> >This illustrates a fundamental advantage of Ada: It is difficult to
> >write correct programs that have typos.
> I agree in general, but there is one pitfall in the case of OOP (which by
> the way is not unique to Ada). If you misspell the name of a subprogram
> intended to override an otherwise implicitly inherited operation, then you
> do not override it even though you think you have. Example:
> The dynamic binding at (*) invokes the Student version of Financial_Aid,
> which is probably not what was intended. To some extent the need to repeat
> the subprogram specification in the package body reduces the risk of this
> effect, since maybe the typo will be spotted if it appears twice, but it is
> still a potential "gotcha".
But this problem is easily solved by required that operations of a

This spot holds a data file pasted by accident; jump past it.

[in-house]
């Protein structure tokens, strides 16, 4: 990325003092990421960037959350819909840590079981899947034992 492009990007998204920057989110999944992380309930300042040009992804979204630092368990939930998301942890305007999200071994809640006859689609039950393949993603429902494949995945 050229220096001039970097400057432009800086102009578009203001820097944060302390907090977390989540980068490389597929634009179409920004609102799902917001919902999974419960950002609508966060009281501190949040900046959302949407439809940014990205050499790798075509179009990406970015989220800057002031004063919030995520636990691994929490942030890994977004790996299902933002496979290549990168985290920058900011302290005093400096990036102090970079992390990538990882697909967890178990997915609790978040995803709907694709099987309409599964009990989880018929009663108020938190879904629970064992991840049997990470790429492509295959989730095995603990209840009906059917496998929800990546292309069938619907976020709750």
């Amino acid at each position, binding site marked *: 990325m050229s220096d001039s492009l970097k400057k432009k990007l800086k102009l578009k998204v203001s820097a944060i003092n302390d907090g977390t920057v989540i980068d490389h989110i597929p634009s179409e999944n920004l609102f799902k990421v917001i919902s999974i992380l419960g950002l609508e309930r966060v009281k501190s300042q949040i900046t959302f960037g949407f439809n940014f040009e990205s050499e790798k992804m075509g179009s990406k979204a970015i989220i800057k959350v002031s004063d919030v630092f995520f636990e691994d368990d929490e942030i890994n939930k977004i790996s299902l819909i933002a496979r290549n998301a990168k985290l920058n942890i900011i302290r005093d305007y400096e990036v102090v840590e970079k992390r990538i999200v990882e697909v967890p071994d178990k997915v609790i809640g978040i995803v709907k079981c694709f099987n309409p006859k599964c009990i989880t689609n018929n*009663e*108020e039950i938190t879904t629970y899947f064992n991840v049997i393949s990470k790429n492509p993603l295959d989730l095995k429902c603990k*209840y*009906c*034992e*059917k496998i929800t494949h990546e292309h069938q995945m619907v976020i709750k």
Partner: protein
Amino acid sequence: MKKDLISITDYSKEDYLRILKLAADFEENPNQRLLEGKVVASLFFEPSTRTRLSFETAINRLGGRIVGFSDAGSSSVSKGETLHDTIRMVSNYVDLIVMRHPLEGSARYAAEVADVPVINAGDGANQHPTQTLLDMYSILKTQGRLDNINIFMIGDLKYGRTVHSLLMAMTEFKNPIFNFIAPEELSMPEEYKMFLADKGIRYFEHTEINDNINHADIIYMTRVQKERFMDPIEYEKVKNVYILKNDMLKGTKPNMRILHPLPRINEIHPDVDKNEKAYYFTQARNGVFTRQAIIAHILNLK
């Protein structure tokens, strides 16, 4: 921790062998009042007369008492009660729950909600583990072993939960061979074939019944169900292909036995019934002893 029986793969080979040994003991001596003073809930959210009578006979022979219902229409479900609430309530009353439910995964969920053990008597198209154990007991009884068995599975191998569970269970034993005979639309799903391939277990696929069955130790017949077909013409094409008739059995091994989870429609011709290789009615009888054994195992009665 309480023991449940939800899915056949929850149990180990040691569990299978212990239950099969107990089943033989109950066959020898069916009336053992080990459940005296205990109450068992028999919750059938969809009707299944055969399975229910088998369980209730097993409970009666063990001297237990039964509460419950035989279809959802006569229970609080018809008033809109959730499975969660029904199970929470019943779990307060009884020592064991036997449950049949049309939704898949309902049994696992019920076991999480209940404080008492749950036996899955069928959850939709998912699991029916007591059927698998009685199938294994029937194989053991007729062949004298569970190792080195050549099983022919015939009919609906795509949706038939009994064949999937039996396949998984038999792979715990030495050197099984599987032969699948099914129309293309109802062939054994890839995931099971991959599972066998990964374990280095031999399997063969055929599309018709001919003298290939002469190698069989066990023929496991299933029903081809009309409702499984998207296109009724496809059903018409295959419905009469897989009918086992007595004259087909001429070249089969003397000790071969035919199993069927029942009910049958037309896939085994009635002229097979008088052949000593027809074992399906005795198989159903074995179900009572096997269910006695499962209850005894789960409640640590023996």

derived type that override those of the parent be explicitly identified
type T is new Controlled with ...;
override procedure Initialise (O : in out T);
(note the mis-spelling -- it should be -ize)
The error would indeed be caught by the compiler.
The programmer should state his intent on how he intends for an entity
to be used, and the compiler should check that his actual use of the
entity agrees with his stated intent. This is exactly what happens
already when you declare a type.
Although I'm generally happy with Ada95, I feel that not requiring
programmers to explicitly state that an operation overrides that of its
parent, is a language flaw.